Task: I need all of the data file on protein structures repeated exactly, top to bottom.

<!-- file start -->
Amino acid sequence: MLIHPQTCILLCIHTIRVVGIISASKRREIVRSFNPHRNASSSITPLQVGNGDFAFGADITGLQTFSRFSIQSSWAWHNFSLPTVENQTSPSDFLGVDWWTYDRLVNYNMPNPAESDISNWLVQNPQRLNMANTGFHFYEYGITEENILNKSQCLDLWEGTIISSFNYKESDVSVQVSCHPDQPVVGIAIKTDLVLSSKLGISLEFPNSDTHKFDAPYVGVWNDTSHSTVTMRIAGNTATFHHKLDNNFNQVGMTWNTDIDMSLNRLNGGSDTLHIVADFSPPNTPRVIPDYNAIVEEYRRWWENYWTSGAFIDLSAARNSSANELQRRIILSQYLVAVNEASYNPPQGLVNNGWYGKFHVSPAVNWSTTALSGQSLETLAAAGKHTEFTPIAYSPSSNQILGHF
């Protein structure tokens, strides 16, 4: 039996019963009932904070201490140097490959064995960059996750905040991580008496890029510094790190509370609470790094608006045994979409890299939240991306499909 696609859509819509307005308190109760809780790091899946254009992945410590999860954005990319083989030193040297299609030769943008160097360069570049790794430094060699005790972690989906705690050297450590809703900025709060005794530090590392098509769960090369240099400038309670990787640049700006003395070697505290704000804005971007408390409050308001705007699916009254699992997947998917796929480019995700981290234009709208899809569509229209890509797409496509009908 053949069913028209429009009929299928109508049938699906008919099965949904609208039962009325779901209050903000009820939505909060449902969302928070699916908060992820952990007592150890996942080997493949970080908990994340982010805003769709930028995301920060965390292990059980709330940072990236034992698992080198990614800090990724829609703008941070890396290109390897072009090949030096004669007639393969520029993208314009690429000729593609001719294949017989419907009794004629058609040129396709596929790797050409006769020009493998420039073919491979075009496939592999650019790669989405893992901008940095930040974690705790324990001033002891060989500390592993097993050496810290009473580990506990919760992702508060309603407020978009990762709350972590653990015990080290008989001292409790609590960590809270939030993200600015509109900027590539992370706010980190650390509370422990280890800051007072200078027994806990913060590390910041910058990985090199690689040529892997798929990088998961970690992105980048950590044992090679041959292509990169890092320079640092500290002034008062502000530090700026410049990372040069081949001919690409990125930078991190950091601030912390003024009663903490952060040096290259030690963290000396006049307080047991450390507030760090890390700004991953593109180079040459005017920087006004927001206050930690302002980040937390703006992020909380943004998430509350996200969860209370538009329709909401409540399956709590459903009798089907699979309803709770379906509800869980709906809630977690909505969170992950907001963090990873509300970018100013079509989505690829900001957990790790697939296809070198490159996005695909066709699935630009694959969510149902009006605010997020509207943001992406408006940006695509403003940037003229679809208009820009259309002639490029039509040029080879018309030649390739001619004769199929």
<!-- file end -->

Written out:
Amino acid sequence: MLIHPQTCILLCIHTIRVVGIISASKRREIVRSFNPHRNASSSITPLQVGNGDFAFGADITGLQTFSRFSIQSSWAWHNFSLPTVENQTSPSDFLGVDWWTYDRLVNYNMPNPAESDISNWLVQNPQRLNMANTGFHFYEYGITEENILNKSQCLDLWEGTIISSFNYKESDVSVQVSCHPDQPVVGIAIKTDLVLSSKLGISLEFPNSDTHKFDAPYVGVWNDTSHSTVTMRIAGNTATFHHKLDNNFNQVGMTWNTDIDMSLNRLNGGSDTLHIVADFSPPNTPRVIPDYNAIVEEYRRWWENYWTSGAFIDLSAARNSSANELQRRIILSQYLVAVNEASYNPPQGLVNNGWYGKFHVSPAVNWSTTALSGQSLETLAAAGKHTEFTPIAYSPSSNQILGHF
């Protein structure tokens, strides 16, 4: 039996019963009932904070201490140097490959064995960059996750905040991580008496890029510094790190509370609470790094608006045994979409890299939240991306499909 696609859509819509307005308190109760809780790091899946254009992945410590999860954005990319083989030193040297299609030769943008160097360069570049790794430094060699005790972690989906705690050297450590809703900025709060005794530090590392098509769960090369240099400038309670990787640049700006003395070697505290704000804005971007408390409050308001705007699916009254699992997947998917796929480019995700981290234009709208899809569509229209890509797409496509009908 053949069913028209429009009929299928109508049938699906008919099965949904609208039962009325779901209050903000009820939505909060449902969302928070699916908060992820952990007592150890996942080997493949970080908990994340982010805003769709930028995301920060965390292990059980709330940072990236034992698992080198990614800090990724829609703008941070890396290109390897072009090949030096004669007639393969520029993208314009690429000729593609001719294949017989419907009794004629058609040129396709596929790797050409006769020009493998420039073919491979075009496939592999650019790669989405893992901008940095930040974690705790324990001033002891060989500390592993097993050496810290009473580990506990919760992702508060309603407020978009990762709350972590653990015990080290008989001292409790609590960590809270939030993200600015509109900027590539992370706010980190650390509370422990280890800051007072200078027994806990913060590390910041910058990985090199690689040529892997798929990088998961970690992105980048950590044992090679041959292509990169890092320079640092500290002034008062502000530090700026410049990372040069081949001919690409990125930078991190950091601030912390003024009663903490952060040096290259030690963290000396006049307080047991450390507030760090890390700004991953593109180079040459005017920087006004927001206050930690302002980040937390703006992020909380943004998430509350996200969860209370538009329709909401409540399956709590459903009798089907699979309803709770379906509800869980709906809630977690909505969170992950907001963090990873509300970018100013079509989505690829900001957990790790697939296809070198490159996005695909066709699935630009694959969510149902009006605010997020509207943001992406408006940006695509403003940037003229679809208009820009259309002639490029039509040029080879018309030649390739001619004769199929």